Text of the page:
SETTING: A SUNDAY AFTERNOON IN THE BABUSHKA BASEMENT. HUSBAND AND WIFE, SLIGHTLY AGITATED, EXAMINE A MESSY SHELF OF TOOLS. THEY HAVE SPENT TOO MUCH TIME TOGETHER THIS WEEKEND.
HIM: So, where are we at with the kitchen door project?*
HER: It’s almost done, but I still need to sand it.
HIM: OK, then finish sanding it.
HER: Fine. Bring me the sander.
HIM: I can’t find it.
HER: Didn’t somebody just borrow it? I think Matt and Megan. For their kitchen. I’ll text them.
(5 MINUTES LATER)
HER: Nope, they gave it back to us a month ago.
HIM: What about Tamra?
HER: Couldn’t be. Tamra moved in July. Besides, she gave it to Mindy. And then Mindy gave it back, like, a million years ago.
(15 MINUTES STARING AT PILES OF JUNK HOPING THE SANDER WILL SUDDENLY APPEAR)
HIM: MICHAEL! Michael borrowed it to redo their picnic bench.
HER: Whew! Guess I’m not finishing the door today. Who wants a snack?
(END OF SCENE)
Home ownership requires lots of tools. Tools for the yard. Tools for the toilet. Tools for breaking plaster, and then fixing plaster. Tools for painting, thinning paint, drying paint, stirring paint and stripping paint…
Scott and I are lucky. Sure, we impulsively bought a house that’s barely standing. But so did many of our neighborhood friends, and they did it years before us, and thus already bought all the tools.
Most of our friends could be described as resourceful, know-it-all socialists: folks who proudly wear thrift store underwear, but wouldn’t be caught dead letting their friends BUY a post hole digger to just to build a fence, when they’ve got a perfectly good one in their basement.
But like other popular forms of swapping (i.e., cookies, interest rates, spouses and credit defaults) it can get complicated, possibly igniting a global economic meltdown. Just look at this corner of our basement! Whose stuff is this, anyway?!
Who could possibly keep track of all that stuff borrowed and loaned? To assist in preserving your official Tool Borrowing and Lending Score (ToBALS), I’ve developed this patented two-column accounting system, The Borrow Board.
DIY CHALK BORROW BOARD
STEP ONE: Scrounge around for some type of paintable board – scrap wood, MDF or wood paneling that fell off the ceiling of your basement.**
Wipe off the spider webs, paying special attention to the egg sacs, because spiders get really mad when you mess with their baby sacs. Apply one coat of latex primer, or two if your board is especially moldy or if you just made a spider egg omelette.
STEP TWO: Generously slather on at least two coats of chalkboard paint, which is available at most hardware and paint stores.
Now there are plenty of cutesy Pinterest™ types who may “inspire” you to make your own chalk paint by adding a chalky substance – such as tile grout, wig powder, volcanic ash or pulverized goat hooves – to regular paint. Personally, I never question the recommendation of the American Paint Manufacturers Association™ to never tamper with their products, because they probably know what’s best for me. Also, I’m lazy.
STEP THREE: Create T-shaped grid-lines by laying down some masking tape in a more-or-less straight line. Then fill in the negative space with an oil-based white paint.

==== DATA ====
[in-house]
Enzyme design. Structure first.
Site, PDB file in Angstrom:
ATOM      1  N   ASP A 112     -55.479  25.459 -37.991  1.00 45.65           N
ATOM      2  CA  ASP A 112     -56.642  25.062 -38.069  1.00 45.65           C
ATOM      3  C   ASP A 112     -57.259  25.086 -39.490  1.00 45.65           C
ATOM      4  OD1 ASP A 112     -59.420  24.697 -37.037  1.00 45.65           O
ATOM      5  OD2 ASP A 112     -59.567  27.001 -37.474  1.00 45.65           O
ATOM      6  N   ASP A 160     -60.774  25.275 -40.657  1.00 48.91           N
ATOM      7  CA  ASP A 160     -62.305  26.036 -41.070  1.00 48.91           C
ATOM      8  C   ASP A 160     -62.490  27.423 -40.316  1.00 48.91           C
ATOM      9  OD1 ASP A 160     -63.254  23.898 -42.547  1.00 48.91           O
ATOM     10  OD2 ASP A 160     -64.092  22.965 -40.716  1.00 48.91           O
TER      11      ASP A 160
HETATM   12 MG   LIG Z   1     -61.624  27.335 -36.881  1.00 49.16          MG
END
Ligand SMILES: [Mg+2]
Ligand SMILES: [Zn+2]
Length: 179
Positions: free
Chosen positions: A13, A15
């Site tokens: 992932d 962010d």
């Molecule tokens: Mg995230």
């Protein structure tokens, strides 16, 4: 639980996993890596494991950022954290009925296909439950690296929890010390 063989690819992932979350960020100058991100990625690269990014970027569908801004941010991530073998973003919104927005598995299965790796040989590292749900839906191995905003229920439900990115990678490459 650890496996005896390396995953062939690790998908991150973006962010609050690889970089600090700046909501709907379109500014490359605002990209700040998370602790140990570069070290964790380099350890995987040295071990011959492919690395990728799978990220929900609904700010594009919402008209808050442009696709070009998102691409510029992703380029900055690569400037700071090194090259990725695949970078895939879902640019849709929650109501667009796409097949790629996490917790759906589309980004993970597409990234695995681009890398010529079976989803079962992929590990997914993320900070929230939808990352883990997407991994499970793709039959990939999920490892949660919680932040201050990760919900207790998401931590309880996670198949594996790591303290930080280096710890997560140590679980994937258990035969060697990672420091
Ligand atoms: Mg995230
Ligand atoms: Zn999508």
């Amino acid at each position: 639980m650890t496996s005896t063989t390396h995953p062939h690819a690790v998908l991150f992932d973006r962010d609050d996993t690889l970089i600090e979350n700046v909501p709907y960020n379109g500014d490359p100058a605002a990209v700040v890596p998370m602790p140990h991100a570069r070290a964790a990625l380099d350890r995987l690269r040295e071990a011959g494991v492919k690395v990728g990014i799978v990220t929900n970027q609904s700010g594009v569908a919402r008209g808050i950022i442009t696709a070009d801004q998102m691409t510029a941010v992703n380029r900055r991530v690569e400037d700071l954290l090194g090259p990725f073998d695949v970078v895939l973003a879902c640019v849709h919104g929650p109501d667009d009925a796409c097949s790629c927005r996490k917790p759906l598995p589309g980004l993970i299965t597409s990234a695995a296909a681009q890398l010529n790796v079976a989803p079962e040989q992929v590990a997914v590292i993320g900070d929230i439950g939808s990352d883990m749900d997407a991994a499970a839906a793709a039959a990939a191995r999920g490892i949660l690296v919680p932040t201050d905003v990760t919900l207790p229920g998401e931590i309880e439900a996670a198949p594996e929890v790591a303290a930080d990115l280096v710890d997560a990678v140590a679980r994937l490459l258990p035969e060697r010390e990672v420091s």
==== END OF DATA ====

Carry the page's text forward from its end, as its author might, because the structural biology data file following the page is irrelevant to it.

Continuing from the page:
Next, count the letters in “BORROW BOARD”, including the space, to locate the precise middle point of the phrase, and mark that on the top of your board. Grab one of your kid’s junky paintbrushes and paint the word “BOARD” first, since your letters will inevitably get bigger as you go so you may as well start at the end. Refer to one of your kid’s homemade birthday cards if you don’t believe me about the letters getting bigger.
Then paint “BORROW,” starting with the W and then the B and working your way towards the two “R”s so you don’t squish all the letters together. Don’t be discouraged if your sign resembles something held up by a conspiracy theorist on the the side of the highway, or that guy in front of Old Navy who told me I was going to hell for smoking cigarettes.***
Hopefully, you’ve been lending out tools as well as borrowing them, so create titles for each column to reflect the spirit of your bottomless generosity.
STEP FOUR: Wait three days for the chalk paint to fully “cure.” Before you can write, you must then “condition” the chalkboard so that it becomes accustomed to the smell and feel of chalk and won’t reject it like a baby bird that’s been touched by curious human children with Flamin’ Hot Cheeto® dust on their fingers. Simply rub the board with the side of the chalk, and then wipe off with an eraser.
Survey your possessions and write down whatever doesn’t belong to you, along with the name of its owner, if you still remember. Try to recall everything you’ve borrowed out**** to others, which hopefully looks balanced.
Hang your finished borrow board in a discreet place in your basement, so visitors won’t see how much of a mooch you are, or be reminded that you still haven’t given back that sledge hammer even though you finished building the fence more than a year ago.
By the way, do any of you have my copy of “Confederacy of Dunces”?
* In our house, we are not allowed to use the question beloved by ineffective middle managers worldwide: “Sooooo… Where are we at with ___?” Because by “WE,” you mean “ME,” otherwise you wouldn’t be asking ME, would you, Brad?
** OK, maybe that MDF panel didn’t actually “fall off” the basement ceiling. Maybe I pried it off because I couldn’t stand not knowing what was under it.
*** In his defense, that’s actually what it says on cigarette boxes in Canada. Also, I don’t even smoke.
**** In our family, we use the verb “borrow” both ways; you can borrow something FROM others or TO others. While not grammatically correct, it’s easier than remembering the past tense of LOAN. Loaned? Lent? Loan’t? Loanded? Leaned?